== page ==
powder burned eye. He will bo com '
pelled to wear glasses.
Miss Nettle Dortch Is visiting li
George E. Schiller returned to Cen
tral City Saturday.
C. W. Schofield has been In Gram
Island on a short visit.
A. L. Kllllan returned Saturday fron
his business trip east.
Dr. D. K. Tlndall was In Humphre ;
and Creston Sunday.
C. E. Burnham and daughter Fal <
went to Omada yesterday.
Mr. and Mrs. E. D. Perry left for i
visit with their daughter In Seattle
W. B. Hlght , T. G. Hight and Ro ;
HIght left for a visit with their mothe
at her home near Cedar Rapids , Iowa
W. C. Ahlman and W. C. James ar
home from the automobile show a
Lincoln , where they purchased thre
machines. Mr. James got a runabou
for his own use.
Dr. and Mrs. T. B. Heckert an
daughter , Miss Margaret Heckert , c
Wayne 'were guests over Sunday a
the home of E. P. Olmsted.
Mrs. A. D. Howe , Mr. and Mrs. I
E. Williams , Miss Bertha Howe , an
Mrs J. J. Clements of Madison won
to Stanton Sunday for a short visit c
the home of Mr. and Mrs. J J Leik.
City Superintendent E. J Bodwe
arrived homo yesterday from Wasl
Ington , D C. , where he attended
meeting of the department of superli
association. Mr. Bodwell spoke of the \
mooting with enthuBlnsm.
R. H. MathowBon , cashier of the
Farmers nnd Traders bank of Wake-
field , with his sister , Miss Eleanor
MathowBon , who Is visiting from Con
necticut , spent Sunday in Norfolk , the
guests of relatives.
Dr. Young , superintendent of the
Norfolk hospital for the Insane , Is
homo from a visit to the east. Ho
vlHltcd his mother In Now Jersey and
his sister , whoso homo Is In the Roosevelt
velt family In the whlto house.
Among the day's out of town visit
ors In Norfolk wore : John Ellorman ,
Scrlbncr ; D. H. Newcomer , Spencer ;
C. Dcgalllez , Burke ; G. L. Connany ,
Bonesteel , S. D. ; W. E. Buckland ,
Homer ; W. W. Cram , Walthlll ; H. M.
Scott , Plalnvlow ; J. O. Metcalf , Grand
Island ; A. R. Davis , Wayne ; Arthur
F. Mullen , O'Nolll ; O. AV. Mnnson ,
Spencer ; E. B. Kelley , MadlBon , S. D. ;
B. Storm , Crelghton ; C. M. Taylor ,
Columbus ; A. E. Keel , Bonesteel , S.
D. ; J. W. Fitch , Newman Grovo.
Mrs. J. S. Morrow was taken quite
Perfect spring days wore the first
two of March. The air was crisp and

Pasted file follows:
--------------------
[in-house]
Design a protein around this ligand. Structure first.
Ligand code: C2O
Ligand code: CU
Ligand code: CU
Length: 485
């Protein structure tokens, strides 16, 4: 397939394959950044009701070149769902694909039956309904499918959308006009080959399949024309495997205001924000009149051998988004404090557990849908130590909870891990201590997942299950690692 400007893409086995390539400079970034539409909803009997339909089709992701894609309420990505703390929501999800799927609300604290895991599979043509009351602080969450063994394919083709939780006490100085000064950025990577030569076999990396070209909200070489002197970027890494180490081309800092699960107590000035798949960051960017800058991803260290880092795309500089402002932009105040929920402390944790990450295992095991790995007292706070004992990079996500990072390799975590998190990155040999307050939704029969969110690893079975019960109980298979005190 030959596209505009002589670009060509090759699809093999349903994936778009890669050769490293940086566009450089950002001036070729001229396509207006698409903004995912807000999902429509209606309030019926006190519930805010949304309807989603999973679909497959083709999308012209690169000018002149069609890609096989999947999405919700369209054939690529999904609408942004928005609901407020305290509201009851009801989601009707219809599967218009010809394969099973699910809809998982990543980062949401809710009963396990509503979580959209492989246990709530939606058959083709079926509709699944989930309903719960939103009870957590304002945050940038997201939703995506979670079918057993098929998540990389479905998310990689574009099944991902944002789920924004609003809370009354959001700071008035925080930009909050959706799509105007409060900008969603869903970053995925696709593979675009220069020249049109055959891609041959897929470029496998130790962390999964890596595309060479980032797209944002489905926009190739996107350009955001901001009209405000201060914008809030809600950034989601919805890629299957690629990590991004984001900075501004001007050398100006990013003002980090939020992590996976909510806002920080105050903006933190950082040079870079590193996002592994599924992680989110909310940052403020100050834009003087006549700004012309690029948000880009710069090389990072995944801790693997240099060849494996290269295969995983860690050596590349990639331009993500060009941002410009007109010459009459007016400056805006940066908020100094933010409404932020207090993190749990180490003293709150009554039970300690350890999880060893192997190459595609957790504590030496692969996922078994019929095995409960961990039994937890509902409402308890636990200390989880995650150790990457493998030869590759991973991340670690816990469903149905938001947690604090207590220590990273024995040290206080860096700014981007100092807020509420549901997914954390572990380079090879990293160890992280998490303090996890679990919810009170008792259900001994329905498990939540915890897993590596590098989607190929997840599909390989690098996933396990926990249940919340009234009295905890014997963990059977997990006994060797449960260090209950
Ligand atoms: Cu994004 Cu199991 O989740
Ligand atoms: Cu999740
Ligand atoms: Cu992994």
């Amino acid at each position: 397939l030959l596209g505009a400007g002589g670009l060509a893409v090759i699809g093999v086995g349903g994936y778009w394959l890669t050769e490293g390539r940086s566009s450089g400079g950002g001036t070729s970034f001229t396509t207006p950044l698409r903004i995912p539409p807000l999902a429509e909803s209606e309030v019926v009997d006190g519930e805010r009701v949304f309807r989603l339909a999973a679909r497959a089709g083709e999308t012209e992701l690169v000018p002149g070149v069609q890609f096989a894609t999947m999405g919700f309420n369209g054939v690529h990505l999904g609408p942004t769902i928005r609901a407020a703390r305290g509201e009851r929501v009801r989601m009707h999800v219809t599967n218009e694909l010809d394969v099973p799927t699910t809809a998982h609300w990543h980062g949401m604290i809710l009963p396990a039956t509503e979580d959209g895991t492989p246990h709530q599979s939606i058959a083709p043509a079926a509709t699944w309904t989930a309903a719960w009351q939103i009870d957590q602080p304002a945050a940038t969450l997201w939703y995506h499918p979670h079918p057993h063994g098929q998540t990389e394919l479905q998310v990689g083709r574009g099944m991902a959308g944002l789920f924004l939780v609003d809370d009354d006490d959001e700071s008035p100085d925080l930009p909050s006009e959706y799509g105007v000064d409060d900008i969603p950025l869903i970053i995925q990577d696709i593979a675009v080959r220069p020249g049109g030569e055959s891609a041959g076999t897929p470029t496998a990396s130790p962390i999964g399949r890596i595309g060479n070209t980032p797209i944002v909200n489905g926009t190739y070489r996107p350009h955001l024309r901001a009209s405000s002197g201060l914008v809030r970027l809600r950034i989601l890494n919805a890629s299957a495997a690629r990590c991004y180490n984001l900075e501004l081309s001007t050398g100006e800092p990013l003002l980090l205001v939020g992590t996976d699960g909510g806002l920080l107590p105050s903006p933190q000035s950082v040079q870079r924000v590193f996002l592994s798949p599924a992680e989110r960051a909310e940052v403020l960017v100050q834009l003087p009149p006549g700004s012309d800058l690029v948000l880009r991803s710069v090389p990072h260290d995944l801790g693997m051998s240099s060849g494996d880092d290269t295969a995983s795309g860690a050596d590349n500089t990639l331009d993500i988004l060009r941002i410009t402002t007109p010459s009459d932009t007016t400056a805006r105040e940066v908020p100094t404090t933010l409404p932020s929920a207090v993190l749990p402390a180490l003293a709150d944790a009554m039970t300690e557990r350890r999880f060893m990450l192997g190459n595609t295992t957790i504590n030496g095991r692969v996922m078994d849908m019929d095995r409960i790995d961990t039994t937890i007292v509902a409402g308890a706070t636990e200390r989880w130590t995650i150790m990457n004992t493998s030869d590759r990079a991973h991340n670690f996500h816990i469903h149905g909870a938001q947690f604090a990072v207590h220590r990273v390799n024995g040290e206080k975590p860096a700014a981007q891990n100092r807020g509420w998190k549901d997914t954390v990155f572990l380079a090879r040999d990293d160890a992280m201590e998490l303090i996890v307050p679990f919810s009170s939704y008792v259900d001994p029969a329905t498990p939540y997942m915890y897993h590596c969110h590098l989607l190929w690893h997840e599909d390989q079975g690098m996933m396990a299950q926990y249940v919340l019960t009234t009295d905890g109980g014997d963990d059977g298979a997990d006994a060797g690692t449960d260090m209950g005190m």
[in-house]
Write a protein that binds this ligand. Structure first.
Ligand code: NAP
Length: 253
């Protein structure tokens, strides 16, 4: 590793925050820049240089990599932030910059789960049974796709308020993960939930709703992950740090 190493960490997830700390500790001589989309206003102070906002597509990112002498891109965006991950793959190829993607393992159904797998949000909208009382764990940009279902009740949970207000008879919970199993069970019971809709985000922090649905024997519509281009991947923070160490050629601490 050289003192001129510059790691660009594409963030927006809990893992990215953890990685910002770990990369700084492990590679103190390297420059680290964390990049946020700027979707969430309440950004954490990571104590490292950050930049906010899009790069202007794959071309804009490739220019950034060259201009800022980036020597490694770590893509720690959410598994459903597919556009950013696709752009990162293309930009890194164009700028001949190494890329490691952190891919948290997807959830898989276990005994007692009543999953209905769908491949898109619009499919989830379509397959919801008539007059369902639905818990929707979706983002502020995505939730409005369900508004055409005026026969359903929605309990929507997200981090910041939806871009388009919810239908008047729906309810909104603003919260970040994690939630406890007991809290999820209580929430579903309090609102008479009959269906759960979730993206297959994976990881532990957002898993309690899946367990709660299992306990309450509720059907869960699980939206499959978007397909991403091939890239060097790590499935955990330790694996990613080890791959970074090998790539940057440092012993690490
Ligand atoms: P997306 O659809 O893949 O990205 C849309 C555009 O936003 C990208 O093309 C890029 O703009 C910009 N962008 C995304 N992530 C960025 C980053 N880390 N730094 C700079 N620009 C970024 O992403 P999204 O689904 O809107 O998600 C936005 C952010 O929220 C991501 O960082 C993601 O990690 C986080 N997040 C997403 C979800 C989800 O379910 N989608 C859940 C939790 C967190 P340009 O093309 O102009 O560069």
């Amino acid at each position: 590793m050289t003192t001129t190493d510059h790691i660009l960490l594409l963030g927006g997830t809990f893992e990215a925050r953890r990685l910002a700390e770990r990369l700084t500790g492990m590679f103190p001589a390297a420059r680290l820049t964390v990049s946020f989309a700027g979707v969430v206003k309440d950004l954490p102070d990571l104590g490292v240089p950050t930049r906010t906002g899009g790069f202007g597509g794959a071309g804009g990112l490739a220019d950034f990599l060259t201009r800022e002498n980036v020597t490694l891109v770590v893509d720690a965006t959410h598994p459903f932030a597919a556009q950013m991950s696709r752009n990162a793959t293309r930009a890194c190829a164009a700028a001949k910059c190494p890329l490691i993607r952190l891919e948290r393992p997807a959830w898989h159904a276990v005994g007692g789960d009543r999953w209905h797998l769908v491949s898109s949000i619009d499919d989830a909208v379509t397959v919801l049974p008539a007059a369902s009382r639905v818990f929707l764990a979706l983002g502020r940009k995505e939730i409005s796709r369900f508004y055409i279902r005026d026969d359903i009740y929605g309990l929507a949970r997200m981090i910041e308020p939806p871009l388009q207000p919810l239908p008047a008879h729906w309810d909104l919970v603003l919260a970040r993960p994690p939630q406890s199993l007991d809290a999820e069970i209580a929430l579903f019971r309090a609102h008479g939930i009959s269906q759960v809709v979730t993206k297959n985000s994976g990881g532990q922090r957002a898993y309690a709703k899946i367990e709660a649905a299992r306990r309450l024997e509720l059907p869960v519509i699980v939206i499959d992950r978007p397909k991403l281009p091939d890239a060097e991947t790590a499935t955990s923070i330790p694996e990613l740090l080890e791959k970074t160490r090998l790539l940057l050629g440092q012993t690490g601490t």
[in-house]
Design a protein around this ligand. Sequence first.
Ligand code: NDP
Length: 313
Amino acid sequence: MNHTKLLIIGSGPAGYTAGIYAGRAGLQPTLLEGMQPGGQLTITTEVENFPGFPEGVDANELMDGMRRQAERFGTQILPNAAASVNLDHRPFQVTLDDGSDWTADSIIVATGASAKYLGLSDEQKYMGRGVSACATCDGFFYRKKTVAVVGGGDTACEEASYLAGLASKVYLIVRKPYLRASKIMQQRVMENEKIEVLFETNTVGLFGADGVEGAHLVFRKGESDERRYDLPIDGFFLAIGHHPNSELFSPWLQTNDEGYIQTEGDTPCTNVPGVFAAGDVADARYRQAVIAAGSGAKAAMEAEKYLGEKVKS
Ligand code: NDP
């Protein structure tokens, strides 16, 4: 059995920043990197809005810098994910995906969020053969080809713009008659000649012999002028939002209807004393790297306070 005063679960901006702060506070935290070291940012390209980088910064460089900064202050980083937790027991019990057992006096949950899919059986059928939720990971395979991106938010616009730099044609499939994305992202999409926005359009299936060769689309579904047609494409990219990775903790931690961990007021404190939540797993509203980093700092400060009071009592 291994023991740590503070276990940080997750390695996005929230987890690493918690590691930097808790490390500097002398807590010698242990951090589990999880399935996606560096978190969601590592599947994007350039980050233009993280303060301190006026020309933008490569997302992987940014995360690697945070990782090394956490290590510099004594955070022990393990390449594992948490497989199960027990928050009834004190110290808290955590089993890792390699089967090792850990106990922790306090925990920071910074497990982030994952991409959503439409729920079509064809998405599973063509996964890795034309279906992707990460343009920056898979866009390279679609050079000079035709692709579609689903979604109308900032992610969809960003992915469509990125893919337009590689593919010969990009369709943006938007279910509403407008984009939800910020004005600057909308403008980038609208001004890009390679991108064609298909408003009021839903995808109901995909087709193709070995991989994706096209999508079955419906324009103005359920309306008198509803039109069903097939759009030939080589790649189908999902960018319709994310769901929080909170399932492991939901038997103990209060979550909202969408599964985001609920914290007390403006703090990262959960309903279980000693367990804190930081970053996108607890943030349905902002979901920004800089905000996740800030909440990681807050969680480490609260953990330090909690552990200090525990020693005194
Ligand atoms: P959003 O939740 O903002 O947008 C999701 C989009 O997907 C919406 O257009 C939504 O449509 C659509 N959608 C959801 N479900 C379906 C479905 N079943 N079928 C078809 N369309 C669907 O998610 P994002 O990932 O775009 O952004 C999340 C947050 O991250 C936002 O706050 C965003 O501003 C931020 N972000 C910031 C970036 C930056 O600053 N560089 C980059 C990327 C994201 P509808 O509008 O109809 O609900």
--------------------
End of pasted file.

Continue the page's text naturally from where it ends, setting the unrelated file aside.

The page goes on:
The four-year-old son of Fred Terry ,
living a mile and a half southwest of
Warnorvllle , died last week.
March came In like a lamb , all right ,
all right. Norfolk hopes it won't have
any semblance of the lion's roar at
all , at all.
The Norfolk branch of the anti-
horse thief association held a meeting
In the city hall Saturday to discuss
various matters. It was reported that
no members have lost horses of late.
Farmers and live stock owners are
urged to Join.
Bertha Thleje , the fourteen-year-old
girl accidentally shot by her brother
In the family homo near Hosklns , Is
gradually getting worse. The girl Is
very despondent , which makes It
harder for her family to care for her.
The girl , while only fourteen , is largo
for her age.
Ernest Raasch says that he intends
to bid on all the cattle brought to
the exchange day Tuesday. Ho will
buy every "critter" on which ho thinks
ho can make fifty cents. He says
there will be a better demand for farm
machinery , etc. , because of the approach
preach of spring work.
Herman Boche was a familiar fig
ure on one Madison street last week ,
walking quietly back and forth from
the rooming house where ho stayed to
the court house. Contrary to a mis
conception in Norfolk Bocho has not
been confined in the county jail dur
ing the trial , the bond which he gave
for his appearance In court holding
good during the progress of the trial.
The charge upon which Herman
Bocho Is being prosecuted down In
the district court at Madison Is "mur
der in the first degree , " an offense
which is punishable with life Impris
onment or by hanging. County Attor
ney Koenigstein in his complaint
charges that the murder of Frank Jar-
mer was premeditated. The jury can
bring in a verdict for murder in either
the first or second degrees or for man
slaughter. While the state probably
has not hoped lor a verdict of firs !
degree murder yet technically It Is
upon this charge that Herman Bocho
has been prosecuted.
Norfolk members of company B
were much pleased with the Inspection
at Stanton the other day. Major Davl
son , U. S. A. , retired , gave the mem
hers excellent Instruction. Following
. the Inspection there was an oyster
supper , with Inspecting officers , mem
hers of the G. A. R. and others as
guests. Speakers were. Brigadier
General Schwartz , Major Davison
John A. Ehrhardt , former J. A. D.
ex-Representative Charles Chase , ex
Representative Charles McLeod , ex
Senator W. W. Young. Major G. A
Eberly , Captain Ivor S. Johnson. Nor
folk members are trying to have a de
tachment located here.
DIVIDED BETWEEN TWO YOUNG
LADIES OF CLASS.
BASED ON SCHOOL RECORDS
Miss Bessie Richey Will be Valedlcto
a rlan and Miss Lydia Brueggemar
Will Deliver the Salutation Usual
Miss Bessie Richey and Miss Lydlc
Bruggeman win the class honors Ir
the Norfolk high school this year. Ai
holding first rank In scholarship Misi
Richey will be valedictorian at the 'Of
commencement exercises while Miss
Brueggeman , ranking second , will de
liver the salutation.
These announcements are made bj
the high school faculty and are baset
on the records since the high schoo
fire last March. These class honors
based on the record of the graduate !
In their high school course , have al
ways been highly prized. In the pas
the honors wore based on the foui
years work but all high school recordi
were destroyed In the fire last year.
Last spring the class honors wen